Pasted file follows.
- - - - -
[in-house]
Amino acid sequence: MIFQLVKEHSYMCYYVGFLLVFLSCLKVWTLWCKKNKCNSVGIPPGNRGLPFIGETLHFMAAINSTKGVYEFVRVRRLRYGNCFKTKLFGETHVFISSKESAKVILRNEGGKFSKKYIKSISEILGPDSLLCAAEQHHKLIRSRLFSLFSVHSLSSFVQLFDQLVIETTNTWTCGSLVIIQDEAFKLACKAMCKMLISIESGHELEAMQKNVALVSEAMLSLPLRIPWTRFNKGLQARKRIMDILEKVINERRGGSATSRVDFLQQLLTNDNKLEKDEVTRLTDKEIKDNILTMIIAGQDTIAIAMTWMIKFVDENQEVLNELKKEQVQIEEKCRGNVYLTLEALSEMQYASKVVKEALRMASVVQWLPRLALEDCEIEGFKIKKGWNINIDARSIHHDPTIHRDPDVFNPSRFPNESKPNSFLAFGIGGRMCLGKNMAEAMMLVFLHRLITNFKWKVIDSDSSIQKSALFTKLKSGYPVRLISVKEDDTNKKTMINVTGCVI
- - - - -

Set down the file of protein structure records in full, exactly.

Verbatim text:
[in-house]
Amino acid sequence: MIFQLVKEHSYMCYYVGFLLVFLSCLKVWTLWCKKNKCNSVGIPPGNRGLPFIGETLHFMAAINSTKGVYEFVRVRRLRYGNCFKTKLFGETHVFISSKESAKVILRNEGGKFSKKYIKSISEILGPDSLLCAAEQHHKLIRSRLFSLFSVHSLSSFVQLFDQLVIETTNTWTCGSLVIIQDEAFKLACKAMCKMLISIESGHELEAMQKNVALVSEAMLSLPLRIPWTRFNKGLQARKRIMDILEKVINERRGGSATSRVDFLQQLLTNDNKLEKDEVTRLTDKEIKDNILTMIIAGQDTIAIAMTWMIKFVDENQEVLNELKKEQVQIEEKCRGNVYLTLEALSEMQYASKVVKEALRMASVVQWLPRLALEDCEIEGFKIKKGWNINIDARSIHHDPTIHRDPDVFNPSRFPNESKPNSFLAFGIGGRMCLGKNMAEAMMLVFLHRLITNFKWKVIDSDSSIQKSALFTKLKSGYPVRLISVKEDDTNKKTMINVTGCVI